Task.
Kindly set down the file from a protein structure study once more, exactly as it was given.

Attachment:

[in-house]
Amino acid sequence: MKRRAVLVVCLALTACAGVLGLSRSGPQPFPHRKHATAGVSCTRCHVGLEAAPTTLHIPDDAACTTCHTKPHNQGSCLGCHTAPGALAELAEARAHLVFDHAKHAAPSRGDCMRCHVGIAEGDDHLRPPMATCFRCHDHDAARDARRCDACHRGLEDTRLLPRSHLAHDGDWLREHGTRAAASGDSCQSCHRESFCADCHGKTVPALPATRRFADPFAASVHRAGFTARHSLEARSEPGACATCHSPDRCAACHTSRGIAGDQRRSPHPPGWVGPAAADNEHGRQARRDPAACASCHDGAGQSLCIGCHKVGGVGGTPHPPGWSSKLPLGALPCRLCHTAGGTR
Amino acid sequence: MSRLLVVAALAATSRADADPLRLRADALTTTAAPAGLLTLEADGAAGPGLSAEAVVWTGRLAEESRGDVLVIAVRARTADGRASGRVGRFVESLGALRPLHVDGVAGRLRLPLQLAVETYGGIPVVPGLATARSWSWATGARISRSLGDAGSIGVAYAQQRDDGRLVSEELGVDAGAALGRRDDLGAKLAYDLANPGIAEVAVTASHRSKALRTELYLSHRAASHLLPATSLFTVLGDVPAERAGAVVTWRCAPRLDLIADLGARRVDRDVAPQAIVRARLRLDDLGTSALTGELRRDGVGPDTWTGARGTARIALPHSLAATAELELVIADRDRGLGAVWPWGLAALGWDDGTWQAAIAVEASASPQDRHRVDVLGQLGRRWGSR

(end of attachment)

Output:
[in-house]
Amino acid sequence: MKRRAVLVVCLALTACAGVLGLSRSGPQPFPHRKHATAGVSCTRCHVGLEAAPTTLHIPDDAACTTCHTKPHNQGSCLGCHTAPGALAELAEARAHLVFDHAKHAAPSRGDCMRCHVGIAEGDDHLRPPMATCFRCHDHDAARDARRCDACHRGLEDTRLLPRSHLAHDGDWLREHGTRAAASGDSCQSCHRESFCADCHGKTVPALPATRRFADPFAASVHRAGFTARHSLEARSEPGACATCHSPDRCAACHTSRGIAGDQRRSPHPPGWVGPAAADNEHGRQARRDPAACASCHDGAGQSLCIGCHKVGGVGGTPHPPGWSSKLPLGALPCRLCHTAGGTR
Amino acid sequence: MSRLLVVAALAATSRADADPLRLRADALTTTAAPAGLLTLEADGAAGPGLSAEAVVWTGRLAEESRGDVLVIAVRARTADGRASGRVGRFVESLGALRPLHVDGVAGRLRLPLQLAVETYGGIPVVPGLATARSWSWATGARISRSLGDAGSIGVAYAQQRDDGRLVSEELGVDAGAALGRRDDLGAKLAYDLANPGIAEVAVTASHRSKALRTELYLSHRAASHLLPATSLFTVLGDVPAERAGAVVTWRCAPRLDLIADLGARRVDRDVAPQAIVRARLRLDDLGTSALTGELRRDGVGPDTWTGARGTARIALPHSLAATAELELVIADRDRGLGAVWPWGLAALGWDDGTWQAAIAVEASASPQDRHRVDVLGQLGRRWGSR